Mole national park

The park’s lands were set aside as a wildlife refuge in 1958. In 1971, the small human population of the area was relocated and the lands were designated a national park. The park has not seen major development as a tourist location since its original designation. The park as a protective area is underfunded and national and international concerns exist about poaching and sustainability in the park, but its protection of important resident antelope species has improved since its initial founding as a preserve.


The park’s lands were set aside as a wildlife refuge in 1958. In 1971, the small human population of the area was relocated and the lands were designated a national park. The park has not seen major development as a tourist location since its original designation. The park as a protective area is underfunded and national and international concerns exist about poaching and sustainability in the park, but its protection of important resident antelope species has improved since its initial founding as a preserve.
The park is an important study area for scientists because of the removal of the human population from within the park allowing for some long-term studies, in particular, of relatively undisturbed sites compared to similar areas of densely populated equatorial West Africa. One study on the resident population of 800 elephants, for example, indicates that elephant damage to large trees varies with species. In Mole, elephants have a greater tendency to seriously injure economically important species such as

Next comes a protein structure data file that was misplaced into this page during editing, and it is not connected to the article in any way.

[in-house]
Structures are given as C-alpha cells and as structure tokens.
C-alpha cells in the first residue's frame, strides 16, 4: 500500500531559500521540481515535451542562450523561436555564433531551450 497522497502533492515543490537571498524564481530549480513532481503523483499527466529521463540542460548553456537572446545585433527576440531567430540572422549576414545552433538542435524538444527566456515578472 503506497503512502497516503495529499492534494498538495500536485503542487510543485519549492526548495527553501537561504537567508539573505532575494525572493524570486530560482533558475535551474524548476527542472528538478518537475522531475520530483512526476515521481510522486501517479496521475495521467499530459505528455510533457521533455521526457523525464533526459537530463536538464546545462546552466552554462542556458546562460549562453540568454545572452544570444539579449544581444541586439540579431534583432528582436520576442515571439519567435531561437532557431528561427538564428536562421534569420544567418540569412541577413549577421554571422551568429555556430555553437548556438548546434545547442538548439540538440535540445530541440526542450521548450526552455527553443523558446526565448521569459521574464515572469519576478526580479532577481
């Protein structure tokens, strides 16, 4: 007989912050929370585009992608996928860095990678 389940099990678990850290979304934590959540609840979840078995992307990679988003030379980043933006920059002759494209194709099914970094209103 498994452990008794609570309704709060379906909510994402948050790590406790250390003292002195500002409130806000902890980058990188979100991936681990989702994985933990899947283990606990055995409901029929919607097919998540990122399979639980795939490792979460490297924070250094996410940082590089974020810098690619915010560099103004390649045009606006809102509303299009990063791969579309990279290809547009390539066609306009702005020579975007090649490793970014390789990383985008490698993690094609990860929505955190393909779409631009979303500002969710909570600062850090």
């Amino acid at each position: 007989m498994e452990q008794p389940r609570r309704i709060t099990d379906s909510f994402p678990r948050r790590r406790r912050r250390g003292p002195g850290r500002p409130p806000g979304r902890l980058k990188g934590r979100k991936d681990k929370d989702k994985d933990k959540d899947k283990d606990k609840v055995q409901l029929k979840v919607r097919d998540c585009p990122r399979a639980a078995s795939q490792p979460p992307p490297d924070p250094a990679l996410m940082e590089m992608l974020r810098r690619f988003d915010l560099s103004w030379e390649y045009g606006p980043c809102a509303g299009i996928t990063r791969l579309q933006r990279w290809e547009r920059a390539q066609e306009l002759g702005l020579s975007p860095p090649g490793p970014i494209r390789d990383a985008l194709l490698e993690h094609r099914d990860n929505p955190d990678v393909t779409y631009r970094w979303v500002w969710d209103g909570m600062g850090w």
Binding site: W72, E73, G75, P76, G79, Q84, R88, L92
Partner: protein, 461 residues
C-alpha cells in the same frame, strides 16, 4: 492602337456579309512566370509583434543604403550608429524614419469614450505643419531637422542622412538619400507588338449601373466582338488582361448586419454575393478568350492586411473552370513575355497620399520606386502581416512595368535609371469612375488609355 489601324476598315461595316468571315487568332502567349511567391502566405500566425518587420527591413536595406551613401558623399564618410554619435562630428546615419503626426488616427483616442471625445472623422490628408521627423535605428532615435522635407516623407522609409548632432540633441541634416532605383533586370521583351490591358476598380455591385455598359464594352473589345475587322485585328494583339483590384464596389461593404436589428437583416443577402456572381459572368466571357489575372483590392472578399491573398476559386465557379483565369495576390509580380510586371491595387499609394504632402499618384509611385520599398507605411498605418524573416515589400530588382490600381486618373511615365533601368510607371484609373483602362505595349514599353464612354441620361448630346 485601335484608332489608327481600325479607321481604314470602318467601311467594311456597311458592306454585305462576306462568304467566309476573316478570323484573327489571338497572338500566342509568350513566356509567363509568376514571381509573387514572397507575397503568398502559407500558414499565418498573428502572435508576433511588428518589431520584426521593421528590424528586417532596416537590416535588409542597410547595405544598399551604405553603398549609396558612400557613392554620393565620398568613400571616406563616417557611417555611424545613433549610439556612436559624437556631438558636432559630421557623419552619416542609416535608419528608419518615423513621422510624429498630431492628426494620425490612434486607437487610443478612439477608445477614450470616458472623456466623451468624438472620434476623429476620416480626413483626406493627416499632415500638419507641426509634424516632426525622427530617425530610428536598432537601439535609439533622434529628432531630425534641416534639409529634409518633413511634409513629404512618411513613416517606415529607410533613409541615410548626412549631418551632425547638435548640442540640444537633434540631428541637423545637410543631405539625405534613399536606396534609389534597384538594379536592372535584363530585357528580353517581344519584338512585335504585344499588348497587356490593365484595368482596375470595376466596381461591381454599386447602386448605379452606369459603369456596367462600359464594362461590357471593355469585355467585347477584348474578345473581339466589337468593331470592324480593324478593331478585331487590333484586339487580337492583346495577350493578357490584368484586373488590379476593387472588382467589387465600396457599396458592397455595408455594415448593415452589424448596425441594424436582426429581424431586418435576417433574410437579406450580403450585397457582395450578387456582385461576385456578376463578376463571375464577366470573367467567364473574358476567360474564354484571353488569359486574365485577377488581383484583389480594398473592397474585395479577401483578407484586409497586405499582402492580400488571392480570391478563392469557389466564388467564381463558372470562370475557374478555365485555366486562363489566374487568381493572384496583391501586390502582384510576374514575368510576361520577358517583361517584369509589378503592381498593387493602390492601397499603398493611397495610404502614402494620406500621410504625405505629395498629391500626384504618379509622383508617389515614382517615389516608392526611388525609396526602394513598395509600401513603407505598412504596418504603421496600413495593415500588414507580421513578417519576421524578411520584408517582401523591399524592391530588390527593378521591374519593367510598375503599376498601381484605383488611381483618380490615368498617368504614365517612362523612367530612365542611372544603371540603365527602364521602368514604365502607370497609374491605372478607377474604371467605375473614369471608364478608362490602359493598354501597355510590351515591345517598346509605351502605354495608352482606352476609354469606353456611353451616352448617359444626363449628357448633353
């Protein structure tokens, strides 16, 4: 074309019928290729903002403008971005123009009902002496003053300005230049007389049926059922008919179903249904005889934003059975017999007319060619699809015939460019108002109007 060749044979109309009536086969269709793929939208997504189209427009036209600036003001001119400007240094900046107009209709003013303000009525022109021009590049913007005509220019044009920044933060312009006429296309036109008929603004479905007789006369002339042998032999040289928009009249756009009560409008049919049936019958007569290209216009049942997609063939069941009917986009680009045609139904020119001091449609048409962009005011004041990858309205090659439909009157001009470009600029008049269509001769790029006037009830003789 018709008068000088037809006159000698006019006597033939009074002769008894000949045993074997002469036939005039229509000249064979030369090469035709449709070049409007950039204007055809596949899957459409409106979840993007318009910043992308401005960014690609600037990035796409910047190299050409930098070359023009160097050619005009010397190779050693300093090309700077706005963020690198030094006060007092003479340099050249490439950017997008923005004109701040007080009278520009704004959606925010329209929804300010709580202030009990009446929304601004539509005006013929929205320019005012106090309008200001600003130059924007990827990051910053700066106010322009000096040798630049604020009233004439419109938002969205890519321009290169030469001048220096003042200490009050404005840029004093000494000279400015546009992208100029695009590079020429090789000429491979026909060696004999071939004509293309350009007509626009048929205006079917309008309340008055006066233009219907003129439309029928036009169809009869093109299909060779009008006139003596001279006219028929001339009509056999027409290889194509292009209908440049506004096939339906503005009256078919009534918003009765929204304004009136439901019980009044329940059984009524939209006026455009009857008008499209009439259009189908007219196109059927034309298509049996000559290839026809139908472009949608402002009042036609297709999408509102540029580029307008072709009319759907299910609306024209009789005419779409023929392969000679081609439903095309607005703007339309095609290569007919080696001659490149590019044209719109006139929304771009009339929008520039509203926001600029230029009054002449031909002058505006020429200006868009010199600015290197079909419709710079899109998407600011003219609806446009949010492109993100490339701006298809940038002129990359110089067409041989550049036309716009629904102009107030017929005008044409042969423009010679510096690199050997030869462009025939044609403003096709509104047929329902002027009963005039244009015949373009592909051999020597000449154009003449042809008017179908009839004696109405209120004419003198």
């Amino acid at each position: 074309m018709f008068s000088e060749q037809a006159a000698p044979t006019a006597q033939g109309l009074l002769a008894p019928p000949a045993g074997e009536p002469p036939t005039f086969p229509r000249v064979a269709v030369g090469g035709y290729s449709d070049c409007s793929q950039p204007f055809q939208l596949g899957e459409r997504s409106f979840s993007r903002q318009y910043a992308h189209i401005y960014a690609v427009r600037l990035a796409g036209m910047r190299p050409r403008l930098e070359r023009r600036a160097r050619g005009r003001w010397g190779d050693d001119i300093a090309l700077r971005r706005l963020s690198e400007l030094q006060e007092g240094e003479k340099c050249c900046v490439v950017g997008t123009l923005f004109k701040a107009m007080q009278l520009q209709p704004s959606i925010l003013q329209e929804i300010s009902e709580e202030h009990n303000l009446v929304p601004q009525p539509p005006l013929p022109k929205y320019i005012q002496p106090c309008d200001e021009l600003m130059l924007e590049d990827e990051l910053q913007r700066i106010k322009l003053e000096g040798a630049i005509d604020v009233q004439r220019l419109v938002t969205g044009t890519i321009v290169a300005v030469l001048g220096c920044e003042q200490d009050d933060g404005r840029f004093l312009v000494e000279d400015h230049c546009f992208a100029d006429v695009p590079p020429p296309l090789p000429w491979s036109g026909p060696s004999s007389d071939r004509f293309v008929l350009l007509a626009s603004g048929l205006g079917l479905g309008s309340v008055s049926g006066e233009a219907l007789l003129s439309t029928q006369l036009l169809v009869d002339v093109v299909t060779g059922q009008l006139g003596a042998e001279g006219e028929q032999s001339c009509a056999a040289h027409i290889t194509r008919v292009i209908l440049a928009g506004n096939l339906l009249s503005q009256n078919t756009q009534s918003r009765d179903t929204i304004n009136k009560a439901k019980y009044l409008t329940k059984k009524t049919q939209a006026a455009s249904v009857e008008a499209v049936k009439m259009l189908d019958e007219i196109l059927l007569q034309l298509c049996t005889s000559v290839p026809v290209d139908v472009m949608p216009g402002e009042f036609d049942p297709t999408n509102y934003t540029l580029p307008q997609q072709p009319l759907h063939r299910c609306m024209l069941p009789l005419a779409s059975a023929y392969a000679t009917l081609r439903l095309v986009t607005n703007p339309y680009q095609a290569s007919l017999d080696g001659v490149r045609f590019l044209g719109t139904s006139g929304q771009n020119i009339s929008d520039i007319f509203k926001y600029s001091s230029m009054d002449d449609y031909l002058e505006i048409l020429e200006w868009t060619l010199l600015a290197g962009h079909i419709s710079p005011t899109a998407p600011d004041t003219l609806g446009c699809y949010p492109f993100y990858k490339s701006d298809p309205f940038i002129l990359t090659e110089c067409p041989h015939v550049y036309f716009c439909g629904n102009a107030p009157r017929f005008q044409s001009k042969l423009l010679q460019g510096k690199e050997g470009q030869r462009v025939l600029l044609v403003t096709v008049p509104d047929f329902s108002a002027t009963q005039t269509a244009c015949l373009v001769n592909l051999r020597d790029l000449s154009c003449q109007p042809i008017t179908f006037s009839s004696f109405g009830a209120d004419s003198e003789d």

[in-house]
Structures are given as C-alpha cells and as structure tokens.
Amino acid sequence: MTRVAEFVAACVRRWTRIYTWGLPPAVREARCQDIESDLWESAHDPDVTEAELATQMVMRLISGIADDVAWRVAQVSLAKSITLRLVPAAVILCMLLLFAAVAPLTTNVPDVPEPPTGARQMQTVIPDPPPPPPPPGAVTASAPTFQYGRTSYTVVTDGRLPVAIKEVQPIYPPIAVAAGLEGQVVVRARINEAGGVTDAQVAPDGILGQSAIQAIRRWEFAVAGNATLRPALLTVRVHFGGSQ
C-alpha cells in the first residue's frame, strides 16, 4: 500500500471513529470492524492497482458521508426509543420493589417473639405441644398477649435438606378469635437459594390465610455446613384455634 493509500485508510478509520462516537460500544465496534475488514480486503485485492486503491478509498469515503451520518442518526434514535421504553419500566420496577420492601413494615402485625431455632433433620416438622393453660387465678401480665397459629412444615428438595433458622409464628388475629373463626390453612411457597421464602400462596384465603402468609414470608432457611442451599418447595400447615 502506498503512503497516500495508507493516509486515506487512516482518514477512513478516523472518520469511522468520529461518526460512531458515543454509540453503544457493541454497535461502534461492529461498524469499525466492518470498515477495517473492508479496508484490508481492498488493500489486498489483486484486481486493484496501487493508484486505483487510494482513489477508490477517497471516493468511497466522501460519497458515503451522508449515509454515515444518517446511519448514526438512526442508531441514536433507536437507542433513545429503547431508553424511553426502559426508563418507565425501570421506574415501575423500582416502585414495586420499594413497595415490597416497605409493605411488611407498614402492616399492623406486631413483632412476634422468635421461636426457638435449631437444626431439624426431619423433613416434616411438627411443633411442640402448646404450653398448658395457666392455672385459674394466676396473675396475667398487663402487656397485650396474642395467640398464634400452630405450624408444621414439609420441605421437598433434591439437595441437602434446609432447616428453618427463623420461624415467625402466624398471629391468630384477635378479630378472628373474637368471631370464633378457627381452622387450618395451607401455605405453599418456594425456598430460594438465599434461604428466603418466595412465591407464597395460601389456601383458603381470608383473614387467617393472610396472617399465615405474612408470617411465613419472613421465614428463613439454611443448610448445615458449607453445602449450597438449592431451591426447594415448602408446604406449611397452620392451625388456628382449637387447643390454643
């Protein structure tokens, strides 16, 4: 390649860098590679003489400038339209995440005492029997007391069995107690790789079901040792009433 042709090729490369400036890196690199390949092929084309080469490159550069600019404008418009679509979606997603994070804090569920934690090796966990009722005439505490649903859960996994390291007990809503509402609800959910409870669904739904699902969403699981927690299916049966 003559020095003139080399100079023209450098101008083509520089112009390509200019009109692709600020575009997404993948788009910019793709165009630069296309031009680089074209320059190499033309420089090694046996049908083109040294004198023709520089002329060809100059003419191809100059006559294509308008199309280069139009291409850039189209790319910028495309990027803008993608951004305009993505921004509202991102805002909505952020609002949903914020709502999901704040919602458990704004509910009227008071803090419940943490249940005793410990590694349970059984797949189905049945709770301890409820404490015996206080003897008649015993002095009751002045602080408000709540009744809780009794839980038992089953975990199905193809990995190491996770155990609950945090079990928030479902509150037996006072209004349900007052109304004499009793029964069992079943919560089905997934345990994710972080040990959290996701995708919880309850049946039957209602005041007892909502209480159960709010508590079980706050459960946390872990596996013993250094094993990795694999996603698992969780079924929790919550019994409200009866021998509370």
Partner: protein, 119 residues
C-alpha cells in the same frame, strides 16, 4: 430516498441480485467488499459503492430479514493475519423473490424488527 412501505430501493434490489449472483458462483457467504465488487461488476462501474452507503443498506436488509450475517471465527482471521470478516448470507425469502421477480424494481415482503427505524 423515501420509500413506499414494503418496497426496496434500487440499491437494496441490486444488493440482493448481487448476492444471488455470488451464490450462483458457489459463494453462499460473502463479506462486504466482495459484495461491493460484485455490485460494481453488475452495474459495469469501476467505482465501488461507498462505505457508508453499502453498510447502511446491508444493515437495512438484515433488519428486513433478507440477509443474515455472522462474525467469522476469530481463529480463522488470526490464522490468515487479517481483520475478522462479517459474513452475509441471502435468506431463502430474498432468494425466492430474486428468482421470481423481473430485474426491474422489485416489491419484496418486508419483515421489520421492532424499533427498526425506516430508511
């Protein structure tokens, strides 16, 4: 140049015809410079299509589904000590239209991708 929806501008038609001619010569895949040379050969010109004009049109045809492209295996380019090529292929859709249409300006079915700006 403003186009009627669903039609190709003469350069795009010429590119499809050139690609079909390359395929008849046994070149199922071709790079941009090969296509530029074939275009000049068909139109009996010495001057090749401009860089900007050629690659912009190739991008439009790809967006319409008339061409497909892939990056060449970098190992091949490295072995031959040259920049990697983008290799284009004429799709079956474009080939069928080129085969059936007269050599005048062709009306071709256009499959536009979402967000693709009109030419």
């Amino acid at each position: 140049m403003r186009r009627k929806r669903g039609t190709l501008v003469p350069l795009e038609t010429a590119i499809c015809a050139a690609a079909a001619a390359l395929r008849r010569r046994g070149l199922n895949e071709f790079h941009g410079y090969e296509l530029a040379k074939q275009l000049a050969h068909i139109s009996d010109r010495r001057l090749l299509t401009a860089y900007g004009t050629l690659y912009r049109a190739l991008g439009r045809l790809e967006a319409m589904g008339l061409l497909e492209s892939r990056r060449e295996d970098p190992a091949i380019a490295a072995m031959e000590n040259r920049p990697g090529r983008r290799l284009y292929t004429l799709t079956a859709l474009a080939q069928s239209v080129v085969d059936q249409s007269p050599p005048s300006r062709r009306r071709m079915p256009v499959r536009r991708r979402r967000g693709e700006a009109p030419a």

Burkea africana, an important tropical hardwood, and Butyrospermum paradoxum , the source of shea butter , over the less important Terminalia spp.
Recently, honey made from flowers in the MolĂ© National Forest has become the region’s first fair-trade commodity. Nearby, villagers harvest the honey using traditional, non-invasive methods, and have partnered with a Utah-based company to sell the honey as a health and wellness supplement in the United States. The program was co-founded by Ashanti Chief Nana Kwasi Agyemang, who hopes to re-ignite local interest in the honey and eventually export it to other countries in Africa. Simply the best from Cometowestafrica.

0 0
Happy
Happy
0 %
Sad
Sad
0 %
Excited
Excited
0 %
Sleppy
Sleppy
0 %
Angry
Angry
0 %
Surprise
Surprise
0 %

Average Rating

5 Star
0%
4 Star
0%
3 Star
0%
2 Star
0%
1 Star
0%

Leave a Reply

Your email address will not be published. Required fields are marked *

What is 15 + 15 ?
Please leave these two fields as-is:
IMPORTANT! To be able to proceed, you need to solve the following simple math (so we know that you are a human) :-)